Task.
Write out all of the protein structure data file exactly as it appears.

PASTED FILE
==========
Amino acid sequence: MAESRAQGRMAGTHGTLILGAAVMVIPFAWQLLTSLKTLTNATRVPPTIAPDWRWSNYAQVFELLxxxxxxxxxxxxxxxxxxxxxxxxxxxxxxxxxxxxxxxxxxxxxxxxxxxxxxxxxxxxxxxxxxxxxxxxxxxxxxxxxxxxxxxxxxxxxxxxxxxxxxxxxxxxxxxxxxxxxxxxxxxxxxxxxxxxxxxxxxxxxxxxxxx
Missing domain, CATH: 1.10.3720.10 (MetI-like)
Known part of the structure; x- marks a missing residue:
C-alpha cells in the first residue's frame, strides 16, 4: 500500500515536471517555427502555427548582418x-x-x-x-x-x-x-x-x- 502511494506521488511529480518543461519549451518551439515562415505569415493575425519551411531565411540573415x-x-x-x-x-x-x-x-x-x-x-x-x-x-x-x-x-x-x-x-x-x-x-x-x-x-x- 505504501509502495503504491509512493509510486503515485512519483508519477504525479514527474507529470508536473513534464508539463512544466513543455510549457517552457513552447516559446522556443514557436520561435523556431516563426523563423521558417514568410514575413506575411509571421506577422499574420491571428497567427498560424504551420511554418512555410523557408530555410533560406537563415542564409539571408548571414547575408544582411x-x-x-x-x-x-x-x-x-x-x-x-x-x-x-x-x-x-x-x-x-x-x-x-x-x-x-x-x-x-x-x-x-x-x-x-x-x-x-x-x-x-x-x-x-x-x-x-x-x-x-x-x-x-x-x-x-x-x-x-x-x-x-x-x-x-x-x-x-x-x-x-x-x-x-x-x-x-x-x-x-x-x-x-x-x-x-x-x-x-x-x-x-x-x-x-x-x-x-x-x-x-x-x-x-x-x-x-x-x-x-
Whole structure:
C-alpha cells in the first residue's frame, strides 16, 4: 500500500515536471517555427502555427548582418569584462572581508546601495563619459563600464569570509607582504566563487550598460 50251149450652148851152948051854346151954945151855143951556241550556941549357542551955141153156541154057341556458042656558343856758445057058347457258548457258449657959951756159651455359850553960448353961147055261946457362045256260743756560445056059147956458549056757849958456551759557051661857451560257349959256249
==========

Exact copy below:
Amino acid sequence: MAESRAQGRMAGTHGTLILGAAVMVIPFAWQLLTSLKTLTNATRVPPTIAPDWRWSNYAQVFELLxxxxxxxxxxxxxxxxxxxxxxxxxxxxxxxxxxxxxxxxxxxxxxxxxxxxxxxxxxxxxxxxxxxxxxxxxxxxxxxxxxxxxxxxxxxxxxxxxxxxxxxxxxxxxxxxxxxxxxxxxxxxxxxxxxxxxxxxxxxxxxxxxxx
Missing domain, CATH: 1.10.3720.10 (MetI-like)
Known part of the structure; x- marks a missing residue:
C-alpha cells in the first residue's frame, strides 16, 4: 500500500515536471517555427502555427548582418x-x-x-x-x-x-x-x-x- 502511494506521488511529480518543461519549451518551439515562415505569415493575425519551411531565411540573415x-x-x-x-x-x-x-x-x-x-x-x-x-x-x-x-x-x-x-x-x-x-x-x-x-x-x- 505504501509502495503504491509512493509510486503515485512519483508519477504525479514527474507529470508536473513534464508539463512544466513543455510549457517552457513552447516559446522556443514557436520561435523556431516563426523563423521558417514568410514575413506575411509571421506577422499574420491571428497567427498560424504551420511554418512555410523557408530555410533560406537563415542564409539571408548571414547575408544582411x-x-x-x-x-x-x-x-x-x-x-x-x-x-x-x-x-x-x-x-x-x-x-x-x-x-x-x-x-x-x-x-x-x-x-x-x-x-x-x-x-x-x-x-x-x-x-x-x-x-x-x-x-x-x-x-x-x-x-x-x-x-x-x-x-x-x-x-x-x-x-x-x-x-x-x-x-x-x-x-x-x-x-x-x-x-x-x-x-x-x-x-x-x-x-x-x-x-x-x-x-x-x-x-x-x-x-x-x-x-x-
Whole structure:
C-alpha cells in the first residue's frame, strides 16, 4: 500500500515536471517555427502555427548582418569584462572581508546601495563619459563600464569570509607582504566563487550598460 50251149450652148851152948051854346151954945151855143951556241550556941549357542551955141153156541154057341556458042656558343856758445057058347457258548457258449657959951756159651455359850553960448353961147055261946457362045256260743756560445056059147956458549056757849958456551759557051661857451560257349959256249